Good morning ... One more week of this, folks. One more week. Then it's likely back to the calm waters of premium hikes, continued cost-sharing uncertainty, the nascent bid for more Affordable Care Act stabilization ... we'll never sleep again. Have a great weekend.
Graham-Cassidy’s holes are dangerous — and hard to fix
When Congress writes a bill, it often makes some mistakes. The bigger the bill, the more there tend to be. They're like legislative typos — some unclear phrasing, provisions that don't line up from one part of the bill to the next, even some policy glitches.
What's happening: Policy analysts, Hill staffers, industry experts, and journalists are already starting to find some in the Graham-Cassidy bill. And though Republicans aren't sweating the small stuff, those little mistakes can have big consequences if a bill actually becomes law. Just ask the people who implemented the ACA.
- "We spent a significant amount of time working through the places where the language just didn't work. In part, that contributed to the fact that we didn't get the regulations and the IT infrastructure lined up so that it all launched when it was supposed to launch. Implementation is hard under the best of circumstances," said Yvette Fontenot, who helped write the ACA as a Finance Committee staffer and then implement it in the Obama administration.
Why it matters: These little things can become big things.
- One of the ACA's many funding formulas contained one somewhat circular definition — which grew into a Supreme Court case that threatened a central pillar of the law.
- They can also add up and become time-consuming. What's left murky or contradictory in the statute has to be resolved by the executive branch, and states have to wait for that guidance before they can even begin setting up their own new systems.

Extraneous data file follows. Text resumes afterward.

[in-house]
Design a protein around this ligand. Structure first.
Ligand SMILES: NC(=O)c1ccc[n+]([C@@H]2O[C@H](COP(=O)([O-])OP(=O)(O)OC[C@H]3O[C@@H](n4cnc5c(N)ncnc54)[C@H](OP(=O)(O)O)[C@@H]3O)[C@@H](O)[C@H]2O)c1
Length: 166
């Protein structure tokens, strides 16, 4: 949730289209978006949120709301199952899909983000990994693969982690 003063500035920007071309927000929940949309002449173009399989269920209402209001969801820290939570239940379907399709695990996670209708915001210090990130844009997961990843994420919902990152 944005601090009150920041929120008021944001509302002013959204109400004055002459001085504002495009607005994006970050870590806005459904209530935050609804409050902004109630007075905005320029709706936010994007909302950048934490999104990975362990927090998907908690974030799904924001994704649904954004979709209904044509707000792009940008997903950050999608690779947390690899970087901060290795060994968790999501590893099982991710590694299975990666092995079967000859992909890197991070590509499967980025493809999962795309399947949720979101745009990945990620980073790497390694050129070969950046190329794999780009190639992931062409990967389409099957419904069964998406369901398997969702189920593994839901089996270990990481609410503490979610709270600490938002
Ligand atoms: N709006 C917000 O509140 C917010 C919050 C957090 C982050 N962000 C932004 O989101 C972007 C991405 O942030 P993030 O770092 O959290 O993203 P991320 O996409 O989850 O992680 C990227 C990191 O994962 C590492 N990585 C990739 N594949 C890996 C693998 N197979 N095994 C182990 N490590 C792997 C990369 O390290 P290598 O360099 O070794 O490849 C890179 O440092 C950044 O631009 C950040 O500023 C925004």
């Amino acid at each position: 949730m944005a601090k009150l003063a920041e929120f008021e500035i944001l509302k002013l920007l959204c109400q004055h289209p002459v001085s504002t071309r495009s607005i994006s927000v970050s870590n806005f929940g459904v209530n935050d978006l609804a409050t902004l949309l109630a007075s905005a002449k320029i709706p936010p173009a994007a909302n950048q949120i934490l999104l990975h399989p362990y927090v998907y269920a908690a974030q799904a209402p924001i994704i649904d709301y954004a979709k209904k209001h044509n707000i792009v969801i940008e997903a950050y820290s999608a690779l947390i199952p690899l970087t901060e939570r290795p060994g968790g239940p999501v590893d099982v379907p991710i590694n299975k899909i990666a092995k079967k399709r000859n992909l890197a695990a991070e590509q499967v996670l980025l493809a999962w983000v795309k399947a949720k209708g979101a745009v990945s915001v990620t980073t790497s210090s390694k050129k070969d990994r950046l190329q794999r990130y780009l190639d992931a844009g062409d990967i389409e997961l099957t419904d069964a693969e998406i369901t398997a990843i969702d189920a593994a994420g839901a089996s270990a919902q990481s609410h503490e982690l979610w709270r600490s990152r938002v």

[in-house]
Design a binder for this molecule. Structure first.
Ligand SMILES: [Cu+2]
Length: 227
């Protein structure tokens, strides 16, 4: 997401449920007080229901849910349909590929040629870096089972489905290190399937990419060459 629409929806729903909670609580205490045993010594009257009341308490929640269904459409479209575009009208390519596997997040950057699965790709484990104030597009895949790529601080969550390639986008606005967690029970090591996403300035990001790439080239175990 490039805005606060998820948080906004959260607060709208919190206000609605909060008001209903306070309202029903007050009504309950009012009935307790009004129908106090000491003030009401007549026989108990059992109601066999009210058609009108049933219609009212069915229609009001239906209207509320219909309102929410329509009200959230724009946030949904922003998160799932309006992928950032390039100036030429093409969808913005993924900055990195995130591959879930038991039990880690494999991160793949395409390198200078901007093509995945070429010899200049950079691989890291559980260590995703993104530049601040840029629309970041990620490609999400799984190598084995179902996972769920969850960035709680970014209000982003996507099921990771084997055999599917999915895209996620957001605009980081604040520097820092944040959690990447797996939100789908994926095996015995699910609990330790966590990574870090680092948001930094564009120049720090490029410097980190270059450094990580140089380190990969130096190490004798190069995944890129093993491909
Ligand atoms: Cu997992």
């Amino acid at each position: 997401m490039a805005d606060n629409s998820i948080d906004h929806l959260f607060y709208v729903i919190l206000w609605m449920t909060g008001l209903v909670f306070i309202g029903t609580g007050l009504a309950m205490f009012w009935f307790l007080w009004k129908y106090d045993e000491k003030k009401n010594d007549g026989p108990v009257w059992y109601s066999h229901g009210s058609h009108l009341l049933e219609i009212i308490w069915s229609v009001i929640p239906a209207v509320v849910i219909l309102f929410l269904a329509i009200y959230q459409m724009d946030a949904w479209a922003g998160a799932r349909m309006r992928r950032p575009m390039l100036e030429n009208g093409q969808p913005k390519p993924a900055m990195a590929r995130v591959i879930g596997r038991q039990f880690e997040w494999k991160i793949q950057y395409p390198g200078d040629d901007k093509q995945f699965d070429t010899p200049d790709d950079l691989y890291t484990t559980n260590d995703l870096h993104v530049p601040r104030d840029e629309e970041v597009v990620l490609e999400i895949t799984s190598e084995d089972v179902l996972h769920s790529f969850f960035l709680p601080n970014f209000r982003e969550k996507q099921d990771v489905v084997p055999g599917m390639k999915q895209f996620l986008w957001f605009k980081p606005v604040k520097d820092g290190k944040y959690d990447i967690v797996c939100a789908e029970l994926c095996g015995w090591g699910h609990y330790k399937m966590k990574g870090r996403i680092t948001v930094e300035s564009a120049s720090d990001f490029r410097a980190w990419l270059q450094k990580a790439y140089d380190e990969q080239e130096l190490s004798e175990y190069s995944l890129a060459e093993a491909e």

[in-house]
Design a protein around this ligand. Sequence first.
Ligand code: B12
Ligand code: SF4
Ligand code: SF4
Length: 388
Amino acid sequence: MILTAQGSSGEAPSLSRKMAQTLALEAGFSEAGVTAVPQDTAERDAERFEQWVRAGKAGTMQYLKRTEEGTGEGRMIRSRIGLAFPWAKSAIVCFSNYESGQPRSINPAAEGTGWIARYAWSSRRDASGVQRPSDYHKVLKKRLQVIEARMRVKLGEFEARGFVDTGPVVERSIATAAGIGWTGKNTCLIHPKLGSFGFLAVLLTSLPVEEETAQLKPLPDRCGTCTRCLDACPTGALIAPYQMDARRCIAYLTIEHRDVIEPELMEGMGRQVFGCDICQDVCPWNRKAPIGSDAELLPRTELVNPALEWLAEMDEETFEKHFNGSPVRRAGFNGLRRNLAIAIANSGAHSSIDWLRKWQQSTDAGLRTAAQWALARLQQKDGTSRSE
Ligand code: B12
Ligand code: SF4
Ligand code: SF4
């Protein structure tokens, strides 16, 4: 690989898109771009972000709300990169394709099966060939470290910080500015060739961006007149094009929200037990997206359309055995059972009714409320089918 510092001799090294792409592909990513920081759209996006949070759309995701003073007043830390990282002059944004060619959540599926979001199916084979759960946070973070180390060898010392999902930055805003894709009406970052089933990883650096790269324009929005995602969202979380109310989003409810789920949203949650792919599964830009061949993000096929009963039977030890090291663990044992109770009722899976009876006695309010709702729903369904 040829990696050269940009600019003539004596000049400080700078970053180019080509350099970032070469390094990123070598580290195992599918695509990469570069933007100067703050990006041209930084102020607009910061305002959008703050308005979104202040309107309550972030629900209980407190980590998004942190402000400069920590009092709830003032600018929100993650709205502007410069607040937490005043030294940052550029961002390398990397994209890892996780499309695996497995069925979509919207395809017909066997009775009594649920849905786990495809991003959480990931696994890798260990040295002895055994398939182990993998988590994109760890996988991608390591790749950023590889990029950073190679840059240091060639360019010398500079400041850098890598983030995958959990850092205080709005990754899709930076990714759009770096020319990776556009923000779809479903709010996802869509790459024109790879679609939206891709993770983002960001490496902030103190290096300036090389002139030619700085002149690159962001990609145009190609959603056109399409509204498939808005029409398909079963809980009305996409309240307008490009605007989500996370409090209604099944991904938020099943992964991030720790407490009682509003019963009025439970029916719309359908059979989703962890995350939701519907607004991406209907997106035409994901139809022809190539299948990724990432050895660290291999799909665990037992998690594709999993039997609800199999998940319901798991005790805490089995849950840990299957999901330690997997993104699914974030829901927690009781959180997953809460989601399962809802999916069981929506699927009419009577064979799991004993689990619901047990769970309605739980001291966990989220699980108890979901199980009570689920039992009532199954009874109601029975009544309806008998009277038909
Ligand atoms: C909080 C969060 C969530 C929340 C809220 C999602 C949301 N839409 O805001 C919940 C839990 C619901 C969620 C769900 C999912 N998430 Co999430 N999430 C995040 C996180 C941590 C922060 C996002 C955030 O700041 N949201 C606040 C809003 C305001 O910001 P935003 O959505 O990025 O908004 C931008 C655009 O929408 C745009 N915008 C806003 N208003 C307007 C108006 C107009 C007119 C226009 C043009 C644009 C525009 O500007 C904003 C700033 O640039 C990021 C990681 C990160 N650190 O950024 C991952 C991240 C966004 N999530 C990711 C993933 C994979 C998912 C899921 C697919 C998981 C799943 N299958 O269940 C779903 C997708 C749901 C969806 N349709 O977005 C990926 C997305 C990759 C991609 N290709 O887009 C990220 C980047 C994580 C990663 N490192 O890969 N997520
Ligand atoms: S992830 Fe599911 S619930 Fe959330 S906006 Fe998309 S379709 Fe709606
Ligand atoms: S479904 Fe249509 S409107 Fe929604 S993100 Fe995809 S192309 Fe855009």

There was a time when Congress would simply and easily pass technical corrections to clean up its work on big bills. But Republicans wouldn't pass such a bill for the ACA, and that makes it hard to envision Democrats doing so for Graham-Cassidy (if it comes to that, of course).
The bottom line: Graham-Cassidy has come together so quickly, and its effects would be so sweeping, that it's almost certain to run into a lot of these problems. And they're a whole lot easier to address in a bill than in a law.
- "There's undoubtedly a number of provisions — as there would be in any piece of legislation that addresses this large a part of the economy — that will not work," Fontenot said.
CMS’ coverage projections are a rosy outlier
Axios rock star Caitlin Owens got her hands on the figures the Trump administration has been providing to Senate Republicans about the Graham-Cassidy bill. They are, not surprisingly, a lot sunnier than almost every independent estimate of the law's effects.
- In 2026, according to CMS' projections, federal health care spending would be $18 billion lower than under current law.
- The liberal-leaning Center on Budget and Policy Priorities, meanwhile, projected an $80 billion cut in 2026.
Yes, but: Even CMS' projections still anticipate severe cuts in Alaska and Arizona — the states whose senior senators (Lisa Murkowski and John McCain, respectively) will likely decide Graham-Cassidy's fate.